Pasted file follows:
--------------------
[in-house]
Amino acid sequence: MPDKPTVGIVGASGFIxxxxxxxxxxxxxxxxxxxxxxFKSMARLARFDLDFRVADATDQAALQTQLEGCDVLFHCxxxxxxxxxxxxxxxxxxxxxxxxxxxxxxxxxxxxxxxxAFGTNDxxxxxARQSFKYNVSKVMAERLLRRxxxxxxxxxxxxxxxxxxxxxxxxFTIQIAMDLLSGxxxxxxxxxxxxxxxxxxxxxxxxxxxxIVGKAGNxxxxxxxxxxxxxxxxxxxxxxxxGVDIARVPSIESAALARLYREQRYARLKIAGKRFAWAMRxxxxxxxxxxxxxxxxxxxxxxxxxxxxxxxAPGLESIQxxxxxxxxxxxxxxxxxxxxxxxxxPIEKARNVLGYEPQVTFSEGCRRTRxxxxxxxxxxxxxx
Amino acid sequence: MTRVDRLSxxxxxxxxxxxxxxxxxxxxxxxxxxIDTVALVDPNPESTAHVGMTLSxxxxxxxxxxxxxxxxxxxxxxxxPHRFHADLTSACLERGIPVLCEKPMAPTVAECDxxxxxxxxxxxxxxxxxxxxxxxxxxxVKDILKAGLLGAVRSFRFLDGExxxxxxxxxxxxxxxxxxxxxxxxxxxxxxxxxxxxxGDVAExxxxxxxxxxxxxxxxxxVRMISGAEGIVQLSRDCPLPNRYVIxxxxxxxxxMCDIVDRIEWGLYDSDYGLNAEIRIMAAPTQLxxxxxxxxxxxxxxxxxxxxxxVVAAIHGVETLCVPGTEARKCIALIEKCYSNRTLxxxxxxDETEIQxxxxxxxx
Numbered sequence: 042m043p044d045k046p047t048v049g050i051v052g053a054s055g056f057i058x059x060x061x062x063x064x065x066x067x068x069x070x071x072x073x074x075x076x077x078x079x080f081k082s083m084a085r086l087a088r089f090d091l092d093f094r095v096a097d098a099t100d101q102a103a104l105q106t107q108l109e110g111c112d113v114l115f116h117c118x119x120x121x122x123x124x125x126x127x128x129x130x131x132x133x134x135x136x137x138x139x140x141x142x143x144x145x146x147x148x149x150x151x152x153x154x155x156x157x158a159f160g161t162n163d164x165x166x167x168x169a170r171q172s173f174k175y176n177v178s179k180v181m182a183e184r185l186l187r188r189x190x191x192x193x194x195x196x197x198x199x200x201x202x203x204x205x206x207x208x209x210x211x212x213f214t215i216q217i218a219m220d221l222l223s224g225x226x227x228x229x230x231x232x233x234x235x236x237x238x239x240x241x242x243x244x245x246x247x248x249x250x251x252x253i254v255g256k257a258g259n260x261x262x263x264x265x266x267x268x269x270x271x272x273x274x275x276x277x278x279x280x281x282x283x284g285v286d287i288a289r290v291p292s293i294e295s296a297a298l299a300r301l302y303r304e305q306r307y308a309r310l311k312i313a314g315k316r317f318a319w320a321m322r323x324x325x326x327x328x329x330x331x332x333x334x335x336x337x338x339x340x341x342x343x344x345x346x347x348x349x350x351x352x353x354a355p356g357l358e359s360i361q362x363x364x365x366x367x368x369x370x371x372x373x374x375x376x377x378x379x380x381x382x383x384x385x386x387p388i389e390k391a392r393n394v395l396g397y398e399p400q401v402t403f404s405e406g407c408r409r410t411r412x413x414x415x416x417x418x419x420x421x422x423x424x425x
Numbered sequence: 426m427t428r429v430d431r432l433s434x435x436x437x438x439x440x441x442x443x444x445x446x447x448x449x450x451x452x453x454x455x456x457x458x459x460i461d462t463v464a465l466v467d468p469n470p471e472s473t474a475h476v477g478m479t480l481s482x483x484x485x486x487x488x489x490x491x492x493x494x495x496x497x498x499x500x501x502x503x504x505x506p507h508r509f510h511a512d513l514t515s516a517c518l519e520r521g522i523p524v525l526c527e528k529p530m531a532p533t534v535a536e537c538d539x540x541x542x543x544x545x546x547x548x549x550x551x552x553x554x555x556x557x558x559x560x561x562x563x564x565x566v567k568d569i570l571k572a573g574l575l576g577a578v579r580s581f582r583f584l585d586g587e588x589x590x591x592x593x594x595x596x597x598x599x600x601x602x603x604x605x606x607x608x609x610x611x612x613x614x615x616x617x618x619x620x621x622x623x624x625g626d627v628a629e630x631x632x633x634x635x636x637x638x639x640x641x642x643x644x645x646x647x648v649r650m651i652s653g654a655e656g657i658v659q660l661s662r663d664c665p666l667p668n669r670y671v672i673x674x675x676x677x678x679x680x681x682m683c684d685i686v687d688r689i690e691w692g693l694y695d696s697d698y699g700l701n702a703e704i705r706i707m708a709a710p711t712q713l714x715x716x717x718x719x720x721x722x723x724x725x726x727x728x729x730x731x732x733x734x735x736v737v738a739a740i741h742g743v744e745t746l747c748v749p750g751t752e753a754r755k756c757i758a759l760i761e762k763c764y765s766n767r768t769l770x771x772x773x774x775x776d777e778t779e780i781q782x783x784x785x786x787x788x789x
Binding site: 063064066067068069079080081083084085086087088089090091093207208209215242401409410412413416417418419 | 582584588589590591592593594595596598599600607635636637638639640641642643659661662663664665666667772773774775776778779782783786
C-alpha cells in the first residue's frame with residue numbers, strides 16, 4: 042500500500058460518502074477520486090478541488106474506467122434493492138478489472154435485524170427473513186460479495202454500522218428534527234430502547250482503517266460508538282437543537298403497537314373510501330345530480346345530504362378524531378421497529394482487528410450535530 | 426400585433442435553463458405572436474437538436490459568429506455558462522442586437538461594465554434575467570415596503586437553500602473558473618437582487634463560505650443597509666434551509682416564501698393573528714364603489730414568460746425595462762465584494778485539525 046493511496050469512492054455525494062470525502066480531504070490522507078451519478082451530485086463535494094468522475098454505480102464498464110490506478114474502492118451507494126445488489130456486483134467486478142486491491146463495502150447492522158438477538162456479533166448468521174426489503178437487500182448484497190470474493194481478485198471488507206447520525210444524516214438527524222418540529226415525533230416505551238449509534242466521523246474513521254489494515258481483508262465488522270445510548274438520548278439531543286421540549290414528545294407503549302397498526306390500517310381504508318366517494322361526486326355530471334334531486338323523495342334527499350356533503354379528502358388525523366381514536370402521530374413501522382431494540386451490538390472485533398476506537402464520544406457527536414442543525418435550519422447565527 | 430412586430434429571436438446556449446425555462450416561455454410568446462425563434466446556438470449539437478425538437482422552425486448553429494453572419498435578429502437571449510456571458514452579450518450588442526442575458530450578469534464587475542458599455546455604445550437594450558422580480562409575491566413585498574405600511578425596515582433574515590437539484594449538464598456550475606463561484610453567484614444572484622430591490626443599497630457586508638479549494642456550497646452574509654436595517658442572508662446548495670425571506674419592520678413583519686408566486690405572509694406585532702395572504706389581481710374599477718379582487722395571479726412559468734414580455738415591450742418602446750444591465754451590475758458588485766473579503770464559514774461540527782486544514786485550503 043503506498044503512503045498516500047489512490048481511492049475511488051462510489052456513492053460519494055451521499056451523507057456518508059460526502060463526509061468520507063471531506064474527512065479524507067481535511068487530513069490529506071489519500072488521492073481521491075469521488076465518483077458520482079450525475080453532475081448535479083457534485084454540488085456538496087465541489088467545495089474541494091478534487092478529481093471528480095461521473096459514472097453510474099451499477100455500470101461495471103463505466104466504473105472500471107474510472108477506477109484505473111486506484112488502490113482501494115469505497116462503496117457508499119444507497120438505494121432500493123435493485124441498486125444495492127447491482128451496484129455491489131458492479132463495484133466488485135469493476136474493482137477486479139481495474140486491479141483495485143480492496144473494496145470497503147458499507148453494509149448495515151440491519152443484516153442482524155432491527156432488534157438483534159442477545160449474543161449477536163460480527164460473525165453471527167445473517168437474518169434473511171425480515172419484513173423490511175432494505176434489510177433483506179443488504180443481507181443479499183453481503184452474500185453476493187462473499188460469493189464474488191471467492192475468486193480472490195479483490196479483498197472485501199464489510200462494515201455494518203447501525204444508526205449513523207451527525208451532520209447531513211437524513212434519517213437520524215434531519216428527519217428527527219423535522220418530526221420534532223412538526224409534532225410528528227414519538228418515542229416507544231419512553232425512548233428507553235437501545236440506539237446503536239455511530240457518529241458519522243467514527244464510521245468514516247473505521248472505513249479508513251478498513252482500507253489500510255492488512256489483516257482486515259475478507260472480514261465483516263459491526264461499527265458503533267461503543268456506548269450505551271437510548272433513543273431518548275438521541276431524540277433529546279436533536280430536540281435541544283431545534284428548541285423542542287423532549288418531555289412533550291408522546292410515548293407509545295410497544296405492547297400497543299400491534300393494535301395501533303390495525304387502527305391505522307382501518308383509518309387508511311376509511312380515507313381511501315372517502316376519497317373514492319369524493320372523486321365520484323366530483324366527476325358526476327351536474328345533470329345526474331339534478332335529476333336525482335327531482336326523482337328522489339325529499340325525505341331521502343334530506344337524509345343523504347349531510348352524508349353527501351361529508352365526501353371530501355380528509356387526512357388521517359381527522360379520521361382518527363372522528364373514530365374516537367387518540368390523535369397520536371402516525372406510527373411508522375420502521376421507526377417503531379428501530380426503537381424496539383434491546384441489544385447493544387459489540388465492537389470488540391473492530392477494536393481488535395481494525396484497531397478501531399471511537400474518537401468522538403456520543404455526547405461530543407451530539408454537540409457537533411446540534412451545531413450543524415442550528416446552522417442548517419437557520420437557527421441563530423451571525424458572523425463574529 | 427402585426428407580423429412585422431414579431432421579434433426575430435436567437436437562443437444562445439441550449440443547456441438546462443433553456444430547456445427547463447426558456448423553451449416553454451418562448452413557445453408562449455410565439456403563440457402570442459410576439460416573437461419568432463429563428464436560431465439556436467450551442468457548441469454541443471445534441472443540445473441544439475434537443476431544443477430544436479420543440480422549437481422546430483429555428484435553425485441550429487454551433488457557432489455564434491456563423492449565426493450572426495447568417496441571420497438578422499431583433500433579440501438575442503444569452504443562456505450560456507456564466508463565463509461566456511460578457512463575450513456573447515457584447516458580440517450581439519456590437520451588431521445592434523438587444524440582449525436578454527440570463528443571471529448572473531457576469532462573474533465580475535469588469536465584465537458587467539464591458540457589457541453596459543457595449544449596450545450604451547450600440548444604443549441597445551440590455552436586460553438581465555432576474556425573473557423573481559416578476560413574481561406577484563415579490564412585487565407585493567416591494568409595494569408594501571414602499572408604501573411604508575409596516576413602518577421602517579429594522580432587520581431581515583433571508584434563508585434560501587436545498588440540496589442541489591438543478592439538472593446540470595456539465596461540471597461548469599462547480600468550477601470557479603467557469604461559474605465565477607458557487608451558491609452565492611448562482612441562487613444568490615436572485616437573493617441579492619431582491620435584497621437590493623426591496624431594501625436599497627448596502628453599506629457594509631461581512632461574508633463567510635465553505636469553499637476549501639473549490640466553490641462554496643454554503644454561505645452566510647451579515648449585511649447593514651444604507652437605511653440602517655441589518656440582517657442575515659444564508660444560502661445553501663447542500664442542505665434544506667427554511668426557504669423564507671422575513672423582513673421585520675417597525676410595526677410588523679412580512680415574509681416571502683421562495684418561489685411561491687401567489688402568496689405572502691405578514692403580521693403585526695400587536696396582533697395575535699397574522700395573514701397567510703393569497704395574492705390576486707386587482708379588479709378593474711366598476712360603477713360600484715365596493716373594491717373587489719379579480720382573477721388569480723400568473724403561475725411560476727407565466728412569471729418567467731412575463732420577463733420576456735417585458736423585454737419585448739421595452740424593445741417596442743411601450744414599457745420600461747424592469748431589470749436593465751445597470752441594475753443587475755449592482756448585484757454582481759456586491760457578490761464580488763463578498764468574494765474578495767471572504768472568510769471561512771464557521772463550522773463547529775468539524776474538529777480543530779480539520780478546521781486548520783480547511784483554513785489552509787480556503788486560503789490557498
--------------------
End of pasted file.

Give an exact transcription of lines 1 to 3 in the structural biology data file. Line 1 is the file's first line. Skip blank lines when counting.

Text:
[in-house]
Amino acid sequence: MPDKPTVGIVGASGFIxxxxxxxxxxxxxxxxxxxxxxFKSMARLARFDLDFRVADATDQAALQTQLEGCDVLFHCxxxxxxxxxxxxxxxxxxxxxxxxxxxxxxxxxxxxxxxxAFGTNDxxxxxARQSFKYNVSKVMAERLLRRxxxxxxxxxxxxxxxxxxxxxxxxFTIQIAMDLLSGxxxxxxxxxxxxxxxxxxxxxxxxxxxxIVGKAGNxxxxxxxxxxxxxxxxxxxxxxxxGVDIARVPSIESAALARLYREQRYARLKIAGKRFAWAMRxxxxxxxxxxxxxxxxxxxxxxxxxxxxxxxAPGLESIQxxxxxxxxxxxxxxxxxxxxxxxxxPIEKARNVLGYEPQVTFSEGCRRTRxxxxxxxxxxxxxx
Amino acid sequence: MTRVDRLSxxxxxxxxxxxxxxxxxxxxxxxxxxIDTVALVDPNPESTAHVGMTLSxxxxxxxxxxxxxxxxxxxxxxxxPHRFHADLTSACLERGIPVLCEKPMAPTVAECDxxxxxxxxxxxxxxxxxxxxxxxxxxxVKDILKAGLLGAVRSFRFLDGExxxxxxxxxxxxxxxxxxxxxxxxxxxxxxxxxxxxxGDVAExxxxxxxxxxxxxxxxxxVRMISGAEGIVQLSRDCPLPNRYVIxxxxxxxxxMCDIVDRIEWGLYDSDYGLNAEIRIMAAPTQLxxxxxxxxxxxxxxxxxxxxxxVVAAIHGVETLCVPGTEARKCIALIEKCYSNRTLxxxxxxDETEIQxxxxxxxx